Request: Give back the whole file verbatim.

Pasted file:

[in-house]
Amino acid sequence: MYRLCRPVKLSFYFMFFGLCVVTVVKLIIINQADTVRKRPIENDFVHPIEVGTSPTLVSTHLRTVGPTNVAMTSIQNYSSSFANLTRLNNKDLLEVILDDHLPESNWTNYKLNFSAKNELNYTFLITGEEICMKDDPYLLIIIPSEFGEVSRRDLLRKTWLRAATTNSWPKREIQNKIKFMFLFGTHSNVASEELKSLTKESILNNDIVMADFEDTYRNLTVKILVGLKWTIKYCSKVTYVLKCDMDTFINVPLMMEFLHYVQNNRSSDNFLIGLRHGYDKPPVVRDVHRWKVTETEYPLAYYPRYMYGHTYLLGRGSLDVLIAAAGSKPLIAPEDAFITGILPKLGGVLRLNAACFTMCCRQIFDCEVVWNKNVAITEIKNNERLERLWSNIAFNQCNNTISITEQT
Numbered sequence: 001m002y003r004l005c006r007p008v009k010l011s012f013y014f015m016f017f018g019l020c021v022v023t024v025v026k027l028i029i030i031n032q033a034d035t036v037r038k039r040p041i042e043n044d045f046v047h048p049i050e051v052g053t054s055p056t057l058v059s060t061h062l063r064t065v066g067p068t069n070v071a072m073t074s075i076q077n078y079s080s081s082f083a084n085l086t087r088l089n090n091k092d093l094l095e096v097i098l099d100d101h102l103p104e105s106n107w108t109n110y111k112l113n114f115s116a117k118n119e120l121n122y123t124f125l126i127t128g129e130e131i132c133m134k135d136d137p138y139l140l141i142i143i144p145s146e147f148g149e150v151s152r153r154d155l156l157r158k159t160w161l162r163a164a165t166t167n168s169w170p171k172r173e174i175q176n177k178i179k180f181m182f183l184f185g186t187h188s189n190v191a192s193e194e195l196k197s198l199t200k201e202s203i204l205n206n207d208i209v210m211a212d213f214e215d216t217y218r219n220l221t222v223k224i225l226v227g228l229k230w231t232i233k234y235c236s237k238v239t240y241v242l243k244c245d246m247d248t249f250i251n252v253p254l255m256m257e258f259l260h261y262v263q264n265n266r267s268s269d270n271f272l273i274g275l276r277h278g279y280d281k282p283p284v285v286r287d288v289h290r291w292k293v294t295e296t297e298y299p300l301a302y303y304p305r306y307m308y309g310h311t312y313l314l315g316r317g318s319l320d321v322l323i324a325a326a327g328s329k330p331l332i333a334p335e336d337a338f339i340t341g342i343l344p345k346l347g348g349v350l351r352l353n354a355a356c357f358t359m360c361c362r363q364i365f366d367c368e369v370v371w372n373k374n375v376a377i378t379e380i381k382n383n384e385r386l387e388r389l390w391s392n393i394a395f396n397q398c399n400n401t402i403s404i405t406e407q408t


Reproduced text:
[in-house]
Amino acid sequence: MYRLCRPVKLSFYFMFFGLCVVTVVKLIIINQADTVRKRPIENDFVHPIEVGTSPTLVSTHLRTVGPTNVAMTSIQNYSSSFANLTRLNNKDLLEVILDDHLPESNWTNYKLNFSAKNELNYTFLITGEEICMKDDPYLLIIIPSEFGEVSRRDLLRKTWLRAATTNSWPKREIQNKIKFMFLFGTHSNVASEELKSLTKESILNNDIVMADFEDTYRNLTVKILVGLKWTIKYCSKVTYVLKCDMDTFINVPLMMEFLHYVQNNRSSDNFLIGLRHGYDKPPVVRDVHRWKVTETEYPLAYYPRYMYGHTYLLGRGSLDVLIAAAGSKPLIAPEDAFITGILPKLGGVLRLNAACFTMCCRQIFDCEVVWNKNVAITEIKNNERLERLWSNIAFNQCNNTISITEQT
Numbered sequence: 001m002y003r004l005c006r007p008v009k010l011s012f013y014f015m016f017f018g019l020c021v022v023t024v025v026k027l028i029i030i031n032q033a034d035t036v037r038k039r040p041i042e043n044d045f046v047h048p049i050e051v052g053t054s055p056t057l058v059s060t061h062l063r064t065v066g067p068t069n070v071a072m073t074s075i076q077n078y079s080s081s082f083a084n085l086t087r088l089n090n091k092d093l094l095e096v097i098l099d100d101h102l103p104e105s106n107w108t109n110y111k112l113n114f115s116a117k118n119e120l121n122y123t124f125l126i127t128g129e130e131i132c133m134k135d136d137p138y139l140l141i142i143i144p145s146e147f148g149e150v151s152r153r154d155l156l157r158k159t160w161l162r163a164a165t166t167n168s169w170p171k172r173e174i175q176n177k178i179k180f181m182f183l184f185g186t187h188s189n190v191a192s193e194e195l196k197s198l199t200k201e202s203i204l205n206n207d208i209v210m211a212d213f214e215d216t217y218r219n220l221t222v223k224i225l226v227g228l229k230w231t232i233k234y235c236s237k238v239t240y241v242l243k244c245d246m247d248t249f250i251n252v253p254l255m256m257e258f259l260h261y262v263q264n265n266r267s268s269d270n271f272l273i274g275l276r277h278g279y280d281k282p283p284v285v286r287d288v289h290r291w292k293v294t295e296t297e298y299p300l301a302y303y304p305r306y307m308y309g310h311t312y313l314l315g316r317g318s319l320d321v322l323i324a325a326a327g328s329k330p331l332i333a334p335e336d337a338f339i340t341g342i343l344p345k346l347g348g349v350l351r352l353n354a355a356c357f358t359m360c361c362r363q364i365f366d367c368e369v370v371w372n373k374n375v376a377i378t379e380i381k382n383n384e385r386l387e388r389l390w391s392n393i394a395f396n397q398c399n400n401t402i403s404i405t406e407q408t